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Why bartenders are waging war against vodka Add to ...

The next time you sidle up to the bar, you may want to think twice about ordering that vodka soda. Your bartender may try to steer you toward gin instead. Or he may just sneer.

Perhaps it’s a hangover from the sickly sweet Cosmopolitans of the Sex and the City era, but many bar chefs and restaurateurs are waging an outright war on the classic Eastern European spirit.

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Damon Clements, a chef-owner of the new Toronto restaurant Ortolan, says vodka isn’t a good match with food, so he doesn’t offer it in any pre-dinner cocktails.



“We’re trying to have things that are genuine aperitifs that open the palette, or digestifs,” he says. “And vodka and gin are more of a let’s-go-to-the-bar-and-get-loaded drink.”

Toronto restaurant owner and cocktail expert Jen Agg lobbed a public salvo against the spirit in a recent blog item called “Vodka is stupid.” Ms. Agg, the architect of handmade, lovingly infused house cocktails at the Black Hoof and the Cocktail Bar (formerly Hoof Café), went on to also call vodka “dumb,” mostly because, she says, it is designed to taste like nothing.

“A vodka martini ought to be renamed ‘I like being drunk,’ ” she wrote, “because that is its only purpose.”

Ms. Agg leans toward more lusty concoctions instead, such as the Manhattan, made with aged rye and homemade bitters.

As bartending becomes less about generic drinks and more about a particular bartender’s specialties, such as using fresh fruits, herbs and vegetables along with infusions and custom-made bitters, vodka has developed a reputation as being not just bland, but unchallenging to work with.

But vodka detractors know they may be whistling into the wind. According to Statistics Canada, vodka sales in the country account for nearly 23 per cent of all spirits, up from 18 per cent a decade ago.



The tussle over vodka’s place behind the bar has been simmering for a few years, especially in cocktail-culture hot spots such as New York and San Francisco. Last year, the website Grub Street San Francisco wrote about the tension between the tastes of the masses and the tastes of the growing legion of progressive bar chefs: “And thus we often wonder, is it a mixologist’s job to open the public’s eyes to gin and other spirits, or is the Grey Goose-loving customer always right?”

Anti-vodka sentiment has been running so high that American mixology impresario Steve Olson wagged his finger at his colleagues at a mixology industry conference in 2009. He reminded them that vodka has a rich history, even if its role in North American cocktail culture dates back only to the post-Second World War era.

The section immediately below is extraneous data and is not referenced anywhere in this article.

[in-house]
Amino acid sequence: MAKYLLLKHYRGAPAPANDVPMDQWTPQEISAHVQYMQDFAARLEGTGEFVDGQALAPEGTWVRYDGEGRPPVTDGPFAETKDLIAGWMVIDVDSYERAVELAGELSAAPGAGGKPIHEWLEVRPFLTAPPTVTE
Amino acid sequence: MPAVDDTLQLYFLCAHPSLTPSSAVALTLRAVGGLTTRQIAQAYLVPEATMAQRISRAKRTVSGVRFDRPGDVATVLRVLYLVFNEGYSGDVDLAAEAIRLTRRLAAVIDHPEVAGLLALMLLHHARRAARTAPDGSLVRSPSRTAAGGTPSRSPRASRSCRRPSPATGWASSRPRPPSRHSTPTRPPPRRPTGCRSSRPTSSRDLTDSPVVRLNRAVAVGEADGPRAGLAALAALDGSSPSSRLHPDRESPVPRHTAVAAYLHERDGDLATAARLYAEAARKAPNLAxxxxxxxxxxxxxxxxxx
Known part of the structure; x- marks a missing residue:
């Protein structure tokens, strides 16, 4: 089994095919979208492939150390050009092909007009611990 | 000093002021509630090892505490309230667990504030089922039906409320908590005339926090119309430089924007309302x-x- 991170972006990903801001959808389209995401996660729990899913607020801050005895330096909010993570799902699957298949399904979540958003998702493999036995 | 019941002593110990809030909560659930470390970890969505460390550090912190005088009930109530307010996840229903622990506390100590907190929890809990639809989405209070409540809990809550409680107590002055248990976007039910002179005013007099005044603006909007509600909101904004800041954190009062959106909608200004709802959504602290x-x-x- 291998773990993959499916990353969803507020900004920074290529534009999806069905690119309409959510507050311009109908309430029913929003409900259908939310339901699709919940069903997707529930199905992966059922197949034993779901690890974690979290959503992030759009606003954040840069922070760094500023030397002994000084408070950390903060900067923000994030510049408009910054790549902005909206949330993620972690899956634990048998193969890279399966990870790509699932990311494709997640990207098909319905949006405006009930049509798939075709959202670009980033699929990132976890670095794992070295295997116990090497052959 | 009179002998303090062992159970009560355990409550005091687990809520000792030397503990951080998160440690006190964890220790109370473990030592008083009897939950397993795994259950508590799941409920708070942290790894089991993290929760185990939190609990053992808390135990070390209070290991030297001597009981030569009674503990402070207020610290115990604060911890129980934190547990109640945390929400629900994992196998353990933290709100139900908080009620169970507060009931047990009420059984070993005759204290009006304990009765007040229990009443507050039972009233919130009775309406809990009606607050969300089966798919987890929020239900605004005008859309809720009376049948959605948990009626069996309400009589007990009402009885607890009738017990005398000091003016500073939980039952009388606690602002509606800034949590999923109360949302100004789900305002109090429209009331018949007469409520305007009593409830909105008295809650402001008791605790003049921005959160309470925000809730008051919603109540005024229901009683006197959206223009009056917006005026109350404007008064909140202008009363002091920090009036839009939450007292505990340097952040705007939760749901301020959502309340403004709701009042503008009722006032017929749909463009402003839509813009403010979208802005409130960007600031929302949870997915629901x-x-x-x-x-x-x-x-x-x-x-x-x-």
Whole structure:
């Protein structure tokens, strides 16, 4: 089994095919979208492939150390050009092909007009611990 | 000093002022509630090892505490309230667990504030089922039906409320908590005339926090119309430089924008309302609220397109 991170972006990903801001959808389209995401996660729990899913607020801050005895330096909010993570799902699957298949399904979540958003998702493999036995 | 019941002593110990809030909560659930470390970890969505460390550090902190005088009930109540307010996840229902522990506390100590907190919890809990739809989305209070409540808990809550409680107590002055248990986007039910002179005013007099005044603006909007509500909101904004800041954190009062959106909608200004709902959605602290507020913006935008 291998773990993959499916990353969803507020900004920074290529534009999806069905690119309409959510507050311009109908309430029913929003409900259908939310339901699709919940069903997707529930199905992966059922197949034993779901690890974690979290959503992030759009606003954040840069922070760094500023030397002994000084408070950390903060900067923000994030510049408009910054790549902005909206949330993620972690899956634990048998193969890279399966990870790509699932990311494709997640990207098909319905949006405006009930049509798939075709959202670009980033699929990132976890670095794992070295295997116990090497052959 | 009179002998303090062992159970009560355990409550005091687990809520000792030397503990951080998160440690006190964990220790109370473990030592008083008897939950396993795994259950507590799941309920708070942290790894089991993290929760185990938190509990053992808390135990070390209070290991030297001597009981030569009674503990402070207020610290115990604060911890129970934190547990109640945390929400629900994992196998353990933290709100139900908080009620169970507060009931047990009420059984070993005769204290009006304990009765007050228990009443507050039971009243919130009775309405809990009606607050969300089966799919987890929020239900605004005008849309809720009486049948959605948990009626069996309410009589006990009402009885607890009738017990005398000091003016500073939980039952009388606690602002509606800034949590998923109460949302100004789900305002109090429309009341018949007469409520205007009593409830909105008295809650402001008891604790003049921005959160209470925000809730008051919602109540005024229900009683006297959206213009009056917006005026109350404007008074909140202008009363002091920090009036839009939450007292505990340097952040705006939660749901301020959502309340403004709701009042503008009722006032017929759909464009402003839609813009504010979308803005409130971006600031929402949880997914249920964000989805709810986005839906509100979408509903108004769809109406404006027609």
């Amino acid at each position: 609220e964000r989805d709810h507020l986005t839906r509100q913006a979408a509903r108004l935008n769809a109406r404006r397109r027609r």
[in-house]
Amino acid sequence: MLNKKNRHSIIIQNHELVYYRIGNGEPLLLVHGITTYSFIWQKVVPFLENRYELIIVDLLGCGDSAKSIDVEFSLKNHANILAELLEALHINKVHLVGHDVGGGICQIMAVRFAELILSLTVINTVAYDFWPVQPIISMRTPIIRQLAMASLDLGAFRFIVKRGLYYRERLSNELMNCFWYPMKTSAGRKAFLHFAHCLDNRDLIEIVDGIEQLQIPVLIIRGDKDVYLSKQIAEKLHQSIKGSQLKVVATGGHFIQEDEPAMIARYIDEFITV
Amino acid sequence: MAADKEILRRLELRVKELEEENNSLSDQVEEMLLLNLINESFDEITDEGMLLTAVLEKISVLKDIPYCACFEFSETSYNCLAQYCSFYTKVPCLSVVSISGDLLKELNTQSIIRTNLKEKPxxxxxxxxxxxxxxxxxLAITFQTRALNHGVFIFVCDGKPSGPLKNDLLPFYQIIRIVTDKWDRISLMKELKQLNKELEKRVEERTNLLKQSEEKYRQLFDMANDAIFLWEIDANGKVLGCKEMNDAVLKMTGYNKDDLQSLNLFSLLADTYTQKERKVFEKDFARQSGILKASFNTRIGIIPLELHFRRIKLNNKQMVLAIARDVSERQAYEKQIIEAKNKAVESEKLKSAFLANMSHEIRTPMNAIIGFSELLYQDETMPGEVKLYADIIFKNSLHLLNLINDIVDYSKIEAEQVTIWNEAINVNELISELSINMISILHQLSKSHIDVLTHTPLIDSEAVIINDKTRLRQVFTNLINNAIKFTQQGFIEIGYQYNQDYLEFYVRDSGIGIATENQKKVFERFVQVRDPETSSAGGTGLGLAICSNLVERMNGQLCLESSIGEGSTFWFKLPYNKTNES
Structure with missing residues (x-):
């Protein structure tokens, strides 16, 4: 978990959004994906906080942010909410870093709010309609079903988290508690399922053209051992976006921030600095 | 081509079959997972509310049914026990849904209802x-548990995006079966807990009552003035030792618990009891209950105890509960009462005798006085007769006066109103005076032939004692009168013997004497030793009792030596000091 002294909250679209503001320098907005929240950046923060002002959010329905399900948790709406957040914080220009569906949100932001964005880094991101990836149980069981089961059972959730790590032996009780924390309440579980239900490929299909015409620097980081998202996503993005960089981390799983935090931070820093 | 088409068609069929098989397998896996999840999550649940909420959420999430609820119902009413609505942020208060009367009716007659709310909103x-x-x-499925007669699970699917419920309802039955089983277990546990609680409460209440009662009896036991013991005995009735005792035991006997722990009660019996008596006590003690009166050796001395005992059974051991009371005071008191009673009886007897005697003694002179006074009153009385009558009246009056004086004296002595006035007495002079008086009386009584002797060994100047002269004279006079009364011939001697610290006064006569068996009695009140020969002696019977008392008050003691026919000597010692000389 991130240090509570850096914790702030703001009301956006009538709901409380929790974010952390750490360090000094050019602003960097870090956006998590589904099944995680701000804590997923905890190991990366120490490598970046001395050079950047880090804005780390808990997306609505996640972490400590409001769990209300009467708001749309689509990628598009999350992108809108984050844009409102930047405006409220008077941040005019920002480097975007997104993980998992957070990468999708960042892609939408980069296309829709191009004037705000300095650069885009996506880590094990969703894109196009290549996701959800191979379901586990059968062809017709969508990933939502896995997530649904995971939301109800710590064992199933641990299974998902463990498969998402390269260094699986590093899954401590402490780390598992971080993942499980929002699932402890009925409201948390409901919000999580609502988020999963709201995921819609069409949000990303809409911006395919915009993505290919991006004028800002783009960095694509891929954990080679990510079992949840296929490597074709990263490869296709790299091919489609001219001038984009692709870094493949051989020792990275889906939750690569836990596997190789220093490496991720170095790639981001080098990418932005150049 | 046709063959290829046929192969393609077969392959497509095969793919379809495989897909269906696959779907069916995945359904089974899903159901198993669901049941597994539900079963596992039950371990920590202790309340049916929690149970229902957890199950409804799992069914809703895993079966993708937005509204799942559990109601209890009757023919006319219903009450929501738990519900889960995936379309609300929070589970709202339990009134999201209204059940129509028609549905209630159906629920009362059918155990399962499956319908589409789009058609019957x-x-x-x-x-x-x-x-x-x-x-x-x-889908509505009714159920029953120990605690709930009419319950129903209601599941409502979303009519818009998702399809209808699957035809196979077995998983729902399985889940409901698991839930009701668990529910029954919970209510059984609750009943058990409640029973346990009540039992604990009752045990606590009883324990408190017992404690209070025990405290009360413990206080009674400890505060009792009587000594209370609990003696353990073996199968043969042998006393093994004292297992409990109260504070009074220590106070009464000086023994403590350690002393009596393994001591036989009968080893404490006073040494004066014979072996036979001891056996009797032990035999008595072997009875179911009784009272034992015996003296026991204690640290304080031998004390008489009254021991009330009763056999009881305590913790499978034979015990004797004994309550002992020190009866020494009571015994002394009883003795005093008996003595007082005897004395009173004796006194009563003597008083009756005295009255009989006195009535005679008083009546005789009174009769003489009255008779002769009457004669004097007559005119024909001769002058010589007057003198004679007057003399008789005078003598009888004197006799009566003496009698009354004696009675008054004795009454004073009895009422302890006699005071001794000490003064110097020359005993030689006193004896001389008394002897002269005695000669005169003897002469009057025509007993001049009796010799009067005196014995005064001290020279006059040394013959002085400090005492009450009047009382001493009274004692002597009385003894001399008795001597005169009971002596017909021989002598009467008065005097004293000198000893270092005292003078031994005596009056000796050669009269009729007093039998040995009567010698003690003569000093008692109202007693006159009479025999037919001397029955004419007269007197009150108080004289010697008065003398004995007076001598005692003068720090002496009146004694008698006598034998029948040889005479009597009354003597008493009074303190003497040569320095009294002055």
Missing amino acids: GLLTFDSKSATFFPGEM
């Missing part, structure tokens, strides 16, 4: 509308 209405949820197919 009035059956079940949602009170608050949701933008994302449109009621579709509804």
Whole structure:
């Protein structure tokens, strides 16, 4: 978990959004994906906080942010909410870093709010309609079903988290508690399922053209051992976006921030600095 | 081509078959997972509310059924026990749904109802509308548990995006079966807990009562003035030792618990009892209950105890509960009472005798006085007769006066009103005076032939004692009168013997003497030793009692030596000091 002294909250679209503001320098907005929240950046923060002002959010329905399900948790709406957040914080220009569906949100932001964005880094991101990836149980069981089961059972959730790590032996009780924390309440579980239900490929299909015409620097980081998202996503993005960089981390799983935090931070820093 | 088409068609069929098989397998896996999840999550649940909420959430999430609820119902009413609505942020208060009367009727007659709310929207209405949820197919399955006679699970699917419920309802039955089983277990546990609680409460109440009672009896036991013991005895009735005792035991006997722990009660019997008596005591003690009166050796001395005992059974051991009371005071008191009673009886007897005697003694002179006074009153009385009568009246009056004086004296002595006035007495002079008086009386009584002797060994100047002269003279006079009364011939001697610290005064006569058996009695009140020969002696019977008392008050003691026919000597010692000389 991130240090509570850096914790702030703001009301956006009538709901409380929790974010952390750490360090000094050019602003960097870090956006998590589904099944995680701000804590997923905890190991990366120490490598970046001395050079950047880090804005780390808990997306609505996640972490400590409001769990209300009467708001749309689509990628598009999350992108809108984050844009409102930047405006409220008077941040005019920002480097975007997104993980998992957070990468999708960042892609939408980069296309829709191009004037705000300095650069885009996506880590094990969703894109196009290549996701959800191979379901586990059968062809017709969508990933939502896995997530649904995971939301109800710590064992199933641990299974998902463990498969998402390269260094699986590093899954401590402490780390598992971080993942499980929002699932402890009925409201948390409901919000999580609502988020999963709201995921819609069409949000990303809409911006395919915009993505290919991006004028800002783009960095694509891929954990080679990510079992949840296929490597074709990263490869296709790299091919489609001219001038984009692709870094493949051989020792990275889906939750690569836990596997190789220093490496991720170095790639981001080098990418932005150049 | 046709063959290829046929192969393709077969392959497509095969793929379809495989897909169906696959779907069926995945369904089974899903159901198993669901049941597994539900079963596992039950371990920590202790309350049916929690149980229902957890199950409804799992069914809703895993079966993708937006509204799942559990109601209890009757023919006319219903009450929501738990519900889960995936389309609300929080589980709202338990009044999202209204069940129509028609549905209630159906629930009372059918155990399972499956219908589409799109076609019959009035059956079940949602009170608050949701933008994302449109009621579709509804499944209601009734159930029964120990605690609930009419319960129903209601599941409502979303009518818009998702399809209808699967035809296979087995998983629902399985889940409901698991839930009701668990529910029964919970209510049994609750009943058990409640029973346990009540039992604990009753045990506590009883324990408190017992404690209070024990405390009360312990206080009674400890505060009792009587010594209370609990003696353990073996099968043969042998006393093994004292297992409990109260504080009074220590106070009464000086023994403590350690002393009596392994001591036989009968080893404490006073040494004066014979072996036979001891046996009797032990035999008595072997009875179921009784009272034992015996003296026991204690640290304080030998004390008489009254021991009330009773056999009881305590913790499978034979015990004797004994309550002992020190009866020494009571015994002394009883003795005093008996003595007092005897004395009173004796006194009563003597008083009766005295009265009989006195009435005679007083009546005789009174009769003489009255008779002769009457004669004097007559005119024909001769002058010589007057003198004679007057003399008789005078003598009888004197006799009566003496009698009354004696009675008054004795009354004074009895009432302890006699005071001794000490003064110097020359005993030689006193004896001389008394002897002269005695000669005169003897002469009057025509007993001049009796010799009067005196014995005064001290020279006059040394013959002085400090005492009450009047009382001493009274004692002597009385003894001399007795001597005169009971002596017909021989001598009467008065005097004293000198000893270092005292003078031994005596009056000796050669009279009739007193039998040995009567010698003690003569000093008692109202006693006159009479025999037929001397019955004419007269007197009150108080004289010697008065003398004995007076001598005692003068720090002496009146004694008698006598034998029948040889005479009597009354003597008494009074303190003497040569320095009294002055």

Vancouver bartender and mixologist Lauren Mote was there and still remembers his missive. “He said, ‘You know what? Suck it up. Vodka should be on everyone’s menu and we’re in customer service first and foremost and, secondly, there are amazing things you can do with vodka if you put your mind to it. It’s just about not being lazy.’

“I’m not talking vodka-Red Bulls,” she adds. “That’s a different side of the bartending industry.”

As part of her craft cocktailing at her catering company, Kale & Nori, Ms. Mote uses vodka as her “fortifying liquid” in her handmade bitters, tinctures and foraged-flowers liqueurs, such as a lilac liqueur she made this week.

She uses Hangar One, a pricey artisanal vodka that is not yet widely available in Canada, because it is philosophically in keeping with her handmade ethos and its blend of viognier grapes and wheat complements her flavourings.



In the battle against the vodka backlash, newer brands such as Hangar One, based in Alameda, Calif., and Tito’s Handmade Vodka, from Austin, Tex., aim their small-batch products directly at the cocktail cognoscenti like Ms. Mote, with folksy narratives about their plucky founders, videos of the small-scale process and detailed tasting notes.

This is especially important with flavoured vodkas, which have a bad reputation, Hangar One’s senior brand manager, Kensey Davis, says from her office in Jersey City. Flavoured vodkas are often fake-tasting and sickly sweet.

“[Bartenders are]always a little skeptical with flavoured vodkas,” she says.

Ms. Mote has been wooed; she used the company’s Kaffir Lime Vodka in a “kaffir collins” at a recent wedding. She blends it over ice with homemade jasmine tea flower bitters, yuzu juice and cane sugar simple syrup.

These newer, flavoured vodkas rely on natural ingredients, some of which appear aimed directly at gin lovers (which many vodka defenders call the first flavoured vodka) with bitter, botanical infusions.

Ms. Mote suggests that serious mixologists do not have to give up their complicated recipes, either.

“Really good flavoured products are very similar to what I do,” she says. “If I can use an infused product in place of one or two of my own tinctures, that removes one step for me and allows me to focus on one or two items to complete the cocktail, like bitters or vermouth.”

Follow on Twitter: @traleepearce

 

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